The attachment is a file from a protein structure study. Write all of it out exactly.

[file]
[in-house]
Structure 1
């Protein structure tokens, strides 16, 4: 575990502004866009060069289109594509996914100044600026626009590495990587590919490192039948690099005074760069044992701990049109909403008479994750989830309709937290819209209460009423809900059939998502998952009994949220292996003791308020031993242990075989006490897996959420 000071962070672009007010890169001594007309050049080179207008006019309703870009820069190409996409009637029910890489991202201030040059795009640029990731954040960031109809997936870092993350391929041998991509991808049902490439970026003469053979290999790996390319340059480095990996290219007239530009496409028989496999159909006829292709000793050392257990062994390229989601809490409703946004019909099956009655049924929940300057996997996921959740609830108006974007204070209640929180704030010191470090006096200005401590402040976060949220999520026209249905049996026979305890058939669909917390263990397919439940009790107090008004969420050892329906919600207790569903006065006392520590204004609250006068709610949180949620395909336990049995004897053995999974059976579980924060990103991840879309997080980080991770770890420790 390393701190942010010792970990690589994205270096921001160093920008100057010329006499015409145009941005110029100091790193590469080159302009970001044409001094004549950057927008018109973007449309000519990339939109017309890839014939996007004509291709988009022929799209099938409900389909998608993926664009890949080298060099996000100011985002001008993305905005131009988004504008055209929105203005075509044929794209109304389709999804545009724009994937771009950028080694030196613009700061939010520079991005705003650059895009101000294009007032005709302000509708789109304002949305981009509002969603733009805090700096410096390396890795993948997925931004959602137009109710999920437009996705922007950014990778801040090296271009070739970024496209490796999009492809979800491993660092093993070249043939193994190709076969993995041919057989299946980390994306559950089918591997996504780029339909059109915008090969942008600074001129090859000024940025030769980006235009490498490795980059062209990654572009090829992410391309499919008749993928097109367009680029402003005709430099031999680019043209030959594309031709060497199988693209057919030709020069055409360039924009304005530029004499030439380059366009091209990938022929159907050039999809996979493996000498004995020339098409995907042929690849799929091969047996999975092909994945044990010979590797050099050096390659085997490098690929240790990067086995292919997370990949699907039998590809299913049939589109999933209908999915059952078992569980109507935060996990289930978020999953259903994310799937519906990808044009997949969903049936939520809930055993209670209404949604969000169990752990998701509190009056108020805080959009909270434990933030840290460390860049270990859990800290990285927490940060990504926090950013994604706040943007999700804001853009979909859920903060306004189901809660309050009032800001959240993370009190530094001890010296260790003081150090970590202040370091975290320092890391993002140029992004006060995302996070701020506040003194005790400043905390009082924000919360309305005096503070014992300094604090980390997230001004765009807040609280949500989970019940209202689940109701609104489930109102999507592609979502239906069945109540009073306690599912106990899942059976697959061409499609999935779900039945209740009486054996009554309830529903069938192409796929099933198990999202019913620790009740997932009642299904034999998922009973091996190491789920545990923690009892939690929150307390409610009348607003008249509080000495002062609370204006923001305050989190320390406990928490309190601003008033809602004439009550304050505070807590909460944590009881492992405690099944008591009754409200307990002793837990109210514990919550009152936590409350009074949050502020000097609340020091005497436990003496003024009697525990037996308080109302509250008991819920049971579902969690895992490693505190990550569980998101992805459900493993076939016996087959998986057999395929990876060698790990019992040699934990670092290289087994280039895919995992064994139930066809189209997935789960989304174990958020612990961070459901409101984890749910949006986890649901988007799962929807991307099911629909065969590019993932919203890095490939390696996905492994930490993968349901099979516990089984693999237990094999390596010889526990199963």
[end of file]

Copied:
[in-house]
Structure 1
């Protein structure tokens, strides 16, 4: 575990502004866009060069289109594509996914100044600026626009590495990587590919490192039948690099005074760069044992701990049109909403008479994750989830309709937290819209209460009423809900059939998502998952009994949220292996003791308020031993242990075989006490897996959420 000071962070672009007010890169001594007309050049080179207008006019309703870009820069190409996409009637029910890489991202201030040059795009640029990731954040960031109809997936870092993350391929041998991509991808049902490439970026003469053979290999790996390319340059480095990996290219007239530009496409028989496999159909006829292709000793050392257990062994390229989601809490409703946004019909099956009655049924929940300057996997996921959740609830108006974007204070209640929180704030010191470090006096200005401590402040976060949220999520026209249905049996026979305890058939669909917390263990397919439940009790107090008004969420050892329906919600207790569903006065006392520590204004609250006068709610949180949620395909336990049995004897053995999974059976579980924060990103991840879309997080980080991770770890420790 390393701190942010010792970990690589994205270096921001160093920008100057010329006499015409145009941005110029100091790193590469080159302009970001044409001094004549950057927008018109973007449309000519990339939109017309890839014939996007004509291709988009022929799209099938409900389909998608993926664009890949080298060099996000100011985002001008993305905005131009988004504008055209929105203005075509044929794209109304389709999804545009724009994937771009950028080694030196613009700061939010520079991005705003650059895009101000294009007032005709302000509708789109304002949305981009509002969603733009805090700096410096390396890795993948997925931004959602137009109710999920437009996705922007950014990778801040090296271009070739970024496209490796999009492809979800491993660092093993070249043939193994190709076969993995041919057989299946980390994306559950089918591997996504780029339909059109915008090969942008600074001129090859000024940025030769980006235009490498490795980059062209990654572009090829992410391309499919008749993928097109367009680029402003005709430099031999680019043209030959594309031709060497199988693209057919030709020069055409360039924009304005530029004499030439380059366009091209990938022929159907050039999809996979493996000498004995020339098409995907042929690849799929091969047996999975092909994945044990010979590797050099050096390659085997490098690929240790990067086995292919997370990949699907039998590809299913049939589109999933209908999915059952078992569980109507935060996990289930978020999953259903994310799937519906990808044009997949969903049936939520809930055993209670209404949604969000169990752990998701509190009056108020805080959009909270434990933030840290460390860049270990859990800290990285927490940060990504926090950013994604706040943007999700804001853009979909859920903060306004189901809660309050009032800001959240993370009190530094001890010296260790003081150090970590202040370091975290320092890391993002140029992004006060995302996070701020506040003194005790400043905390009082924000919360309305005096503070014992300094604090980390997230001004765009807040609280949500989970019940209202689940109701609104489930109102999507592609979502239906069945109540009073306690599912106990899942059976697959061409499609999935779900039945209740009486054996009554309830529903069938192409796929099933198990999202019913620790009740997932009642299904034999998922009973091996190491789920545990923690009892939690929150307390409610009348607003008249509080000495002062609370204006923001305050989190320390406990928490309190601003008033809602004439009550304050505070807590909460944590009881492992405690099944008591009754409200307990002793837990109210514990919550009152936590409350009074949050502020000097609340020091005497436990003496003024009697525990037996308080109302509250008991819920049971579902969690895992490693505190990550569980998101992805459900493993076939016996087959998986057999395929990876060698790990019992040699934990670092290289087994280039895919995992064994139930066809189209997935789960989304174990958020612990961070459901409101984890749910949006986890649901988007799962929807991307099911629909065969590019993932919203890095490939390696996905492994930490993968349901099979516990089984693999237990094999390596010889526990199963």